Complex Table Structures

Lesson Details:
July 10, 2020

I: Introduction

In this article, we will discuss the different programming languages

II: Body

(1) C language

C is a general-purpose computer programming language developed in 1972 by Dennis Ritchie for use on the Digital Equipment Corporation PDP-11. It has since spread to many other platforms, and is one of the most commonly used programming languages.

(2) C++ language

C++ was developed by Bjarne Stroustrup as an extension of the C language. It incorporates new features including classes, operator overloading, multiple inheritance, abstract classes, and templates. As a superset of C, C++ is used as a low-level language and as a middle-level language. It can also be used to create higher-level languages such as Java, which is a high-level language that is widely used in Android development.

(3) Objective-C language

Objective-C is a general-purpose, object-oriented programming language that adds Smalltalk-style messaging to the C programming language. It was developed in the early 1980s by Brad Cox and Tom Love at their company Stepstone.

(4) C# language

The C# (pronounced “C sharp”) is a multi-paradigm programming language encompassing strong typing, imperative, declarative, functional, generic, object-oriented (class-based), and component-oriented programming disciplines. It was developed by Microsoft within its .NET initiative and later approved as a standard by ECMA (ECMA-334) and ISO (ISO/IEC 23270:2006). C# is one of the programming languages designed for the Common Language Infrastructure.

(5) Python language

Python is a widely used general-purpose high-level programming language with dynamic semantics. Its design philosophy emphasizes code readability, and its syntax allows programmers to express concepts in fewer lines of code than would be possible in languages such as C++ or Java. The language provides constructs intended to enable clear programs on both a small and large scale. Python supports multiple programming paradigms, including object-oriented, imperative and functional programming or procedural styles. It features a fully dynamic type system and automatic memory management and has a large and comprehensive standard library.

(6) JavaScript language

JavaScript (JS) is a high-level, dynamic, untyped, and interpreted programming language. It has been standardized in the ECMAScript language specification. Alongside HTML and CSS, JS is one of the three essential technologies of World Wide Web content production; the majority of websites employ it and it is supported by all modern web browsers without plug-ins. Many software frameworks make JavaScript’s ubiquitous presence more visible and manageable, such as Node.js and jQuery. Java released under the GNU General Public License (GPL) and JavaScript are two most commonly deployed enterprise languages.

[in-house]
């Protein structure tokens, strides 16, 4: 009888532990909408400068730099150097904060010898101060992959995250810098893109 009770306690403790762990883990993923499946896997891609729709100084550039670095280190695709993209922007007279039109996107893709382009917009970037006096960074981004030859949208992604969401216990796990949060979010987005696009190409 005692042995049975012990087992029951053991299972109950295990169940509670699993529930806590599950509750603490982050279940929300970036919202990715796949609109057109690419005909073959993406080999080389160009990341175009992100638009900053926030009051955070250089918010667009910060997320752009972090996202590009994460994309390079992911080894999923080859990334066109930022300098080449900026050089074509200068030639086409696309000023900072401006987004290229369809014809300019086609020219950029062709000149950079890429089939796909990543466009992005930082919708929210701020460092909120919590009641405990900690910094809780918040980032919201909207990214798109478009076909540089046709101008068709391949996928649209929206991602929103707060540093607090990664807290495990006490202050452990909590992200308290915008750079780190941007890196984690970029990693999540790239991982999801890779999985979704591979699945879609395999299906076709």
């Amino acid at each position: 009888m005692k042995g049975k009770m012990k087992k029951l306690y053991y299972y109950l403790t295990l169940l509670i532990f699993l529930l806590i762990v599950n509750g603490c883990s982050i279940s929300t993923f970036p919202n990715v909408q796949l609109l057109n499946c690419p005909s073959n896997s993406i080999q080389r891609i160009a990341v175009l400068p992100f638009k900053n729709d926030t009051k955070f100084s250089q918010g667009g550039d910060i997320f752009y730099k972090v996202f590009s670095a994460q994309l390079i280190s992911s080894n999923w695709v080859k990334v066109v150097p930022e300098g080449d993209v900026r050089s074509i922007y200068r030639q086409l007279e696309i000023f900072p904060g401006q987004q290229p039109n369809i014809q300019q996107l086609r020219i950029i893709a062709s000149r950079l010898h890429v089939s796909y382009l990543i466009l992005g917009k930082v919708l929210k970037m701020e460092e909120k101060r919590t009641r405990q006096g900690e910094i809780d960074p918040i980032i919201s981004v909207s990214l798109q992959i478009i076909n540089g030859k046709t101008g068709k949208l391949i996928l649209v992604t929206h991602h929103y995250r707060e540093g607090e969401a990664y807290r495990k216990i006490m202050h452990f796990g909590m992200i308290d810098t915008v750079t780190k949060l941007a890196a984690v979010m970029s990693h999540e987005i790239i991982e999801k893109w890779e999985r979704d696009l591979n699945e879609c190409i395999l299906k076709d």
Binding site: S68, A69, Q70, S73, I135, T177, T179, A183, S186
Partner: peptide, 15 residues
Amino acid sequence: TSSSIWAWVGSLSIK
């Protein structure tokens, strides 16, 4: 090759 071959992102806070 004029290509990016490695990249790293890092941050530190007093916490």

(7) Swift language

Swift is a multi-paradigm compiled programming language developed by Apple Inc. for iOS, macOS, watchOS, tvOS, and Linux development. Swift is designed to work with Apple’s Cocoa and Cocoa Touch frameworks and the large body of existing Objective-C code written for Apple products. Swift adheres to the Common Language Infrastructure (CLI) standard and has been named the 2014 Programming Language of the Year by the TIOBE Index committee.

(8) Java language

Java is an object-oriented programming language that is concurrent, class-based, and specifically designed to have as few implementation dependencies as possible. It is intended to let application developers “write once, run anywhere” (WORA), meaning that compiled Java code can run on all platforms that support Java without the need for recompilation. Java applications are typically compiled to bytecode that can run on any Java virtual machine (JVM) regardless of computer architecture. As of 2016, Java is one of the most popular programming languages in use, particularly for client-server web applications, with a reported 9 million developers. Java was originally developed by James Gosling at Sun Microsystems and released in 1995 as a core component of Sun Microsystems’ Java platform. The language derives much of its syntax from C and C++ but it has fewer low-level facilities than either of them.

III: Conclusion

Course content